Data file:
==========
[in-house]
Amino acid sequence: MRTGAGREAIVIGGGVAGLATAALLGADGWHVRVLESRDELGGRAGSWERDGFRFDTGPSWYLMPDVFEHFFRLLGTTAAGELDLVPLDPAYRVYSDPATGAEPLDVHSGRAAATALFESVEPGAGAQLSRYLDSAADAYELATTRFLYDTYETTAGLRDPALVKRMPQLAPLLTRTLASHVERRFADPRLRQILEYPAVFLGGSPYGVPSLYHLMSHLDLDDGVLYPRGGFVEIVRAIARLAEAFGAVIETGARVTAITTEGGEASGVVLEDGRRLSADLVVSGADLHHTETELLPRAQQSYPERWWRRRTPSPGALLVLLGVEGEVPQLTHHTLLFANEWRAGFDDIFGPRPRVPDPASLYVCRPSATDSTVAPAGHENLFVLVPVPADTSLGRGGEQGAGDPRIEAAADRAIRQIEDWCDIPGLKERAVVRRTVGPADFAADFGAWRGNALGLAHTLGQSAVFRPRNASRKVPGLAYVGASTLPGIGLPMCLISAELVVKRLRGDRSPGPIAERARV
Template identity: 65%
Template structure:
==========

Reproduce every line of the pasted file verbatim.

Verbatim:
[in-house]
Amino acid sequence: MRTGAGREAIVIGGGVAGLATAALLGADGWHVRVLESRDELGGRAGSWERDGFRFDTGPSWYLMPDVFEHFFRLLGTTAAGELDLVPLDPAYRVYSDPATGAEPLDVHSGRAAATALFESVEPGAGAQLSRYLDSAADAYELATTRFLYDTYETTAGLRDPALVKRMPQLAPLLTRTLASHVERRFADPRLRQILEYPAVFLGGSPYGVPSLYHLMSHLDLDDGVLYPRGGFVEIVRAIARLAEAFGAVIETGARVTAITTEGGEASGVVLEDGRRLSADLVVSGADLHHTETELLPRAQQSYPERWWRRRTPSPGALLVLLGVEGEVPQLTHHTLLFANEWRAGFDDIFGPRPRVPDPASLYVCRPSATDSTVAPAGHENLFVLVPVPADTSLGRGGEQGAGDPRIEAAADRAIRQIEDWCDIPGLKERAVVRRTVGPADFAADFGAWRGNALGLAHTLGQSAVFRPRNASRKVPGLAYVGASTLPGIGLPMCLISAELVVKRLRGDRSPGPIAERARV
Template identity: 65%
Template structure: